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Manufacture the Right Mix of Business and Financial Savvy

Thu, 05/23/2013 - 5:27pm
Peter Arendt, Managing Director of Food and Agribusiness, Huntington Bank

The degree of specialization along the food processing chain makes a significant difference in how one builds a sustainable business franchise today. Years of ingenuity and vertical integration have enabled operators to create uniform and predictable product applications and capture maximum operating efficiencies. Taken together, these best-of-class operators have eliminated intermediate steps needed to bring particular products or foods to market. Businesses operating within these highly efficient systems are well suited to receive sophisticated financial backing to ensure their operations thrive.

The playing field has shifted. Businesses along the food chain once intent on growing more, better and faster are now becoming nimble and highly specialized with an intense concentration on how their products are flowing through to the end consumer. These considerations have had a marked impact on growers, processors and consumer food companies.

Recipe for Success

Production entities that make a total investment in the end-to-end food processing chain are arguably best positioned to achieve the highest returns. While manufacturing innovations have revealed new ways to capture value, two basic considerations can enable your business to attract a sophisticated financial partner with the capacity to help shape your success:

  • Hedge When Possible: Food processors and other middlemen (especially grain companies) that contract with growers and suppliers at specific prices must be prepared to hedge and protect their investment from market price swings. Likewise, companies that sell forward can apply the same principles with their customers. Providing fix price contracts necessitates hedging price risk and working with a financial partner capable of advancing funds to meet changing margin requirements. Food processors and middlemen buying this protection are best positioned to receive capital needed to maintain contracting relationships and insulate against adverse price swings. Larger manufacturers with a distribution business  that understand the benefits of commodities hedging as it applies to the products they’re processing stand to gain an even larger financial benefit when hedging other relevant commodities such as fuel when managing their transportation networks and food delivery fleets.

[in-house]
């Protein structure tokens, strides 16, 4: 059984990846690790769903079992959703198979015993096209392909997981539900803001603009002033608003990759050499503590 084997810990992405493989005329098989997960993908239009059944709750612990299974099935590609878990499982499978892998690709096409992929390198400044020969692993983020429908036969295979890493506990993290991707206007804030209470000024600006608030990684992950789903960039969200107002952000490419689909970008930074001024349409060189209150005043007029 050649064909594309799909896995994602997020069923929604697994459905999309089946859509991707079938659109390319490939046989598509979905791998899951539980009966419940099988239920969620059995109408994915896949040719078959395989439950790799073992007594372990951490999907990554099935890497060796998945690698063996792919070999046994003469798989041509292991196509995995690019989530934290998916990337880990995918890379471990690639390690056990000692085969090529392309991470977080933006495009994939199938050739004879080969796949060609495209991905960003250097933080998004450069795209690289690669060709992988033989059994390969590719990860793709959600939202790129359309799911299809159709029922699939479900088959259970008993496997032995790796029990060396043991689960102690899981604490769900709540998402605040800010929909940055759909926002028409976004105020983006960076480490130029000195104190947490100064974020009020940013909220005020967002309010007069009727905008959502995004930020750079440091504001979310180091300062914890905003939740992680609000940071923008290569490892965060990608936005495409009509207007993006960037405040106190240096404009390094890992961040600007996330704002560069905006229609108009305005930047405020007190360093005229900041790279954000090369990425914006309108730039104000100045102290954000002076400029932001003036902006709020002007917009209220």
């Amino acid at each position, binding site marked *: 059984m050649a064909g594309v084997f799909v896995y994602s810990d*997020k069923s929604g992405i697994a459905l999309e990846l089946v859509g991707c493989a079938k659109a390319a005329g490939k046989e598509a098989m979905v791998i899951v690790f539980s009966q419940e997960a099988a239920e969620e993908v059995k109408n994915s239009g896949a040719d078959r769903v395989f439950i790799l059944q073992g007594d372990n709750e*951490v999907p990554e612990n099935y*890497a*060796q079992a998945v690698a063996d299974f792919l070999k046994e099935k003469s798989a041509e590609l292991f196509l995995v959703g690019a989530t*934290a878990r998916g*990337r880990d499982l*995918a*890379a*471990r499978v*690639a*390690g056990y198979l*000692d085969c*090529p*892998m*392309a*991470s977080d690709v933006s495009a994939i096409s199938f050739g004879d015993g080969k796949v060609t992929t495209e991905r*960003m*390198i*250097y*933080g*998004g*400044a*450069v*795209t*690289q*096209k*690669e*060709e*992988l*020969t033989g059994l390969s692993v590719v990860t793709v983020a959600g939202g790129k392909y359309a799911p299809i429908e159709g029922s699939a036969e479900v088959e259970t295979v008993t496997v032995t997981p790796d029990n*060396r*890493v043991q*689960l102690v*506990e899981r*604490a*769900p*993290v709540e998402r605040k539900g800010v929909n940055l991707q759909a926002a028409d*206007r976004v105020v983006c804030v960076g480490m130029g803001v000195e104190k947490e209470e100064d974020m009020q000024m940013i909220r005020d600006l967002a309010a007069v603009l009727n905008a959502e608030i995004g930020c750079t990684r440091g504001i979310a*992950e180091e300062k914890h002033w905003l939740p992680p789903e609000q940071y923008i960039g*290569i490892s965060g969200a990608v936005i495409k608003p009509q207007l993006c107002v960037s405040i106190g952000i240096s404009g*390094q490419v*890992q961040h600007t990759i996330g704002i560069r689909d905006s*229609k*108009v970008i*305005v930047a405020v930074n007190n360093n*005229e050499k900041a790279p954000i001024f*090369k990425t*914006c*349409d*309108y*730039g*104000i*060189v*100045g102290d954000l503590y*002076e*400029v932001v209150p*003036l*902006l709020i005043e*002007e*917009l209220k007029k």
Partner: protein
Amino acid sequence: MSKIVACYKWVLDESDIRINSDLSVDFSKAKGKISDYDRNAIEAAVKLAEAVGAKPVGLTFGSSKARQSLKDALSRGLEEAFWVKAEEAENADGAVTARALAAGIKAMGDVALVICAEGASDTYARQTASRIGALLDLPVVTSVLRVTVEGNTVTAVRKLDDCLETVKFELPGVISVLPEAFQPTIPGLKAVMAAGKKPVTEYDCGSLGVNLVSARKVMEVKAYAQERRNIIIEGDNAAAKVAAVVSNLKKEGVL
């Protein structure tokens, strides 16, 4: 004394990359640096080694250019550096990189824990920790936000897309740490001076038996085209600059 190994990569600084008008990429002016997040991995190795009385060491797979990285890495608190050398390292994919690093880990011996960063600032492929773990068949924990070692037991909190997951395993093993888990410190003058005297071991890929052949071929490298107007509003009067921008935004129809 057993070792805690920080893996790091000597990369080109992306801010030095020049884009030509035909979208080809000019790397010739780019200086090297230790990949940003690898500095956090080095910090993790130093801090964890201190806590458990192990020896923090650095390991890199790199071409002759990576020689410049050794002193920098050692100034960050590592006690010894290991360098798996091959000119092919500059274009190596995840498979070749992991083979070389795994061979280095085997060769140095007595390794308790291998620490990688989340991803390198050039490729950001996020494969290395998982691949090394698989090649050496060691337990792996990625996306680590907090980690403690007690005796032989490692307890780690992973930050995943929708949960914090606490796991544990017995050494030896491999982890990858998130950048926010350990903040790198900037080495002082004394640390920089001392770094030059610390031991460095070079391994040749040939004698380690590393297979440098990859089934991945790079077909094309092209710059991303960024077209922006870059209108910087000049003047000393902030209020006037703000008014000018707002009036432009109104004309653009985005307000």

• Food Safety Planning: Meeting Hazard Analysis & Critical Control Points (HAACP) standards by attracting appropriate talent or through equipment and related processes can require significant capital expenditures that can substantially exceed depreciation expenses. And with the speed and competition of getting fresher foods to market increasing, so too does the need for safety and sophistication in preventing foodborne illnesses from reaching consumers. The best quality and safety teams in the industry work much like the Federal Aviation Administration after a plane crash checking for each contributing factor and designing a better safer overall system. Accordingly, meeting new HAACP protocols can mean big and often unanticipated expenses for food manufactures. Significant investments may be required for technology advancements to comply with systemic prevention of adulteration and biological hazards.

While innovations have reshaped the playing field for specialized food manufacturers seeking market share and profitability, those manufacturers that effectively combine their business sophistication with these basics are clear standouts. Planning ahead with a financial partner to mitigate risk through hedging and food safety requirements can provide a sustainable competitive edge.

Peter Arendt (peter.arendt@huntington.com, 614-480-3100) is managing director of Food and Agribusiness at Huntington Bank, which specializes in serving businesses engaged in production, processing and the distribution of food, commodity and agricultural products. Sectors include grain and oilseeds, animal protein, food processing, dairy processing, agriculture inputs and allied industries.

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